Adrienne So

“Demand this year has been so strong that just a few customers consumed 100 percent of our manufacturing capacity for months,” says Justin Li, cofounder and CEO of Qore Performance, a Tennessee-based firm that makes panel-like containers that you fill with 1.5 liters of water, freeze, and then sling against your chest, back, or both. A pair costs $148, and you can drink the water in them, via a tube, as it melts. Li got the idea, he explains, after talking to a soldier serving in Afghanistan, who told him how he and his comrades would put a frozen water bottle inside their body armour to try and stay cool while out on patrol. “We just reshaped it,” says Li.

Qore Performance has sold tens of thousands of the special water bottles, called IcePlates, to military personnel, Li estimates, but he has lots of commercial customers too. The surge in orders this year was largely driven by companies buying the devices for employees as heat waves erupted in the US and Europe. Known users of the IcePlate include factory staff, schoolyard supervisors, and fast-food workers, he says.

Meanwhile, in the Netherlands, EZ Cooldown has found clients for its cooling vests among roofers, cargo loaders, and TV production staff. But that’s not how things started. “The cosplay community and the fur-suit community was the group that I targeted first,” says Pepeyn Langedijk, founder and co-owner, who is himself a furry—someone who enjoys socializing while dressed in an animal-like furry suit.

Such suits are very hot, but they’re designed to look sleek—no one wants to wear a bulky cooling vest underneath them, even if the effect feels pleasant. Langedijk has a solution: a highly contoured, slimline vest, into the lining of which you can slip packs filled with a frozen, vegetable-oil-based fluid. “We have packs made to our specifications,” he says. “That product is something I created myself.”

Depending on how hot the user is at the time, EZ Cooldown’s packs might provide cooling for up to several hours. Once melted and no longer cool, they can be swapped out for a fresh set of packs straight from the fridge or freezer. Like Li, Langedijk says demand is booming—sales are up 35 percent this year, and he’s noticed rising interest from places like Scandinavia, where, he suggests, people are less adapted to the heat waves that are becoming more common there.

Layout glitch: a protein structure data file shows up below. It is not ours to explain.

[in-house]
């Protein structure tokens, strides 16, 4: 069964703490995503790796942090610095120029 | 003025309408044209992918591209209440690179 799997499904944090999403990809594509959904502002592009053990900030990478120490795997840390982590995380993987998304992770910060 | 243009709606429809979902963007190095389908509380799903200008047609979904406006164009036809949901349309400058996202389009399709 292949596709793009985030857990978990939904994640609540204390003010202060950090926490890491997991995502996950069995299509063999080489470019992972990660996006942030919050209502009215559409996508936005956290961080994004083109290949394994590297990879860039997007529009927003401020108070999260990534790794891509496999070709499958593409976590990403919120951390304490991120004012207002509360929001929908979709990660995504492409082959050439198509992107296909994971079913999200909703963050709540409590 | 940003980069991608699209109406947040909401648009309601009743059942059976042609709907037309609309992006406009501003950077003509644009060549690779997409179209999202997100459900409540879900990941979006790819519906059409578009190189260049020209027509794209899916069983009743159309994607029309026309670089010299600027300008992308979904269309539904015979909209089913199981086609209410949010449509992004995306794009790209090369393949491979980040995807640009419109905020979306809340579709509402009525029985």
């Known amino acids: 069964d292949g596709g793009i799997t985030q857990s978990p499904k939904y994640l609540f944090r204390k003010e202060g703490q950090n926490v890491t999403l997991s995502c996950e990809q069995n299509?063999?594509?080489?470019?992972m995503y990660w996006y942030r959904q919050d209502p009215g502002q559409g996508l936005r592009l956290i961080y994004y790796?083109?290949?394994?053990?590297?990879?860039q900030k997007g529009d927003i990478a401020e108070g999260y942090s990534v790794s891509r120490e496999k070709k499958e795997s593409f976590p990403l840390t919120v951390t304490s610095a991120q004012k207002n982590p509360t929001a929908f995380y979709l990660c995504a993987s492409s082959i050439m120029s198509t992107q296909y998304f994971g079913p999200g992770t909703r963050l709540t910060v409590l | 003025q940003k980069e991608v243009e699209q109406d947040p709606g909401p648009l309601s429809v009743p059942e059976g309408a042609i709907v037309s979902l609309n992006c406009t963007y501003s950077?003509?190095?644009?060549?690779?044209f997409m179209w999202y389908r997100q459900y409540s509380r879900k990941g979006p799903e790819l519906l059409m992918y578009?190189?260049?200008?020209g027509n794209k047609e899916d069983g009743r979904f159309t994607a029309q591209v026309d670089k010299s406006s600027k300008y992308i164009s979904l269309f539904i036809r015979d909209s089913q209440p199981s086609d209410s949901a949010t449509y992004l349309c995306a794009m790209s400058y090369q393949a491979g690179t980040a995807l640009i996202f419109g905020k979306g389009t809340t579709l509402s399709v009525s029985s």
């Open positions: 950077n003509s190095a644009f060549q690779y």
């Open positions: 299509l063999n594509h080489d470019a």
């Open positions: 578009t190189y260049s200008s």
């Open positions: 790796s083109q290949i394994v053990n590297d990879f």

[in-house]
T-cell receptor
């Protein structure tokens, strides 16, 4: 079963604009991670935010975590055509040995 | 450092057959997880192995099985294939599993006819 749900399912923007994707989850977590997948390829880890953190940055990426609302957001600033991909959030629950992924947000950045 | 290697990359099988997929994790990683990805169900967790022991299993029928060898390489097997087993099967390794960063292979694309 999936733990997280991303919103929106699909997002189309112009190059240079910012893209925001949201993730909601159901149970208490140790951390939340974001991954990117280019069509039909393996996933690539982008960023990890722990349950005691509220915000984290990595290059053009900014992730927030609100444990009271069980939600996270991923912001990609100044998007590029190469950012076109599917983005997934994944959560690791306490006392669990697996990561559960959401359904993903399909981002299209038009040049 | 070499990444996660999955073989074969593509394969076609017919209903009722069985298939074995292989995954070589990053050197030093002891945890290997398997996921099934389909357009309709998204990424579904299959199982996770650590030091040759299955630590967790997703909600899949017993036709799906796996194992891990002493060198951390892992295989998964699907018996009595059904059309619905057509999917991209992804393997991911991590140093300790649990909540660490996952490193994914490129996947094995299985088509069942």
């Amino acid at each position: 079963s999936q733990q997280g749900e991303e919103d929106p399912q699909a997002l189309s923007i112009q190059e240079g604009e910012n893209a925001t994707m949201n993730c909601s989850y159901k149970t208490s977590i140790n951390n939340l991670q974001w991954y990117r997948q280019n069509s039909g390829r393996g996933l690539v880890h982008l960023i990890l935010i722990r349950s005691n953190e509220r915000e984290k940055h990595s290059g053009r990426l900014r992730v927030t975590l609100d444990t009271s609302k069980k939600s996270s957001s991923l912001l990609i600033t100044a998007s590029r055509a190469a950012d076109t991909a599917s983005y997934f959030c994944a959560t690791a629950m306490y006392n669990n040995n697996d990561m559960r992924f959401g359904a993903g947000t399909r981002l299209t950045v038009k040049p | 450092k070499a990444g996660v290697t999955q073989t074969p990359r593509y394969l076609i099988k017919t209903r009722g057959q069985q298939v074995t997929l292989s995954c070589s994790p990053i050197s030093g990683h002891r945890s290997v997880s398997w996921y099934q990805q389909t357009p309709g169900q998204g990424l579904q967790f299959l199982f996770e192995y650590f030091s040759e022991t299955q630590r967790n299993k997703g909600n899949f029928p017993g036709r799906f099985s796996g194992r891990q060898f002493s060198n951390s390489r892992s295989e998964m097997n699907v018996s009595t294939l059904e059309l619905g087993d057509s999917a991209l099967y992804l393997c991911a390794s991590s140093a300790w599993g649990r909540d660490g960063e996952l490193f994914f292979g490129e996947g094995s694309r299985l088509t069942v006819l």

A lot of the vests require the user to swap out expired cooling components for fresh ones. Once the cooling substance has done what it can and has warmed up, the vest might in theory make things worse, since the wearer is then left with an unnecessary additional layer of clothing, notes Sarah Davey, an assistant professor at Coventry University in the UK who researches work and exercise in extreme environmental conditions, and who has studied cooling vests.

“They can help. However, we’ve seen that the effectiveness varies,” adds Andreas Flouris, an associate professor in the Department of Exercise Science at the University of Thessaly in Greece. “It varies based on the system that you use, and it also depends on the environmental conditions.”

Most PopularBusinessThe End of Airbnb in New York

Amanda Hoover

BusinessThis Is the True Scale of New York’s Airbnb Apocalypse

Amanda Hoover

CultureStarfield Will Be the Meme Game for Decades to Come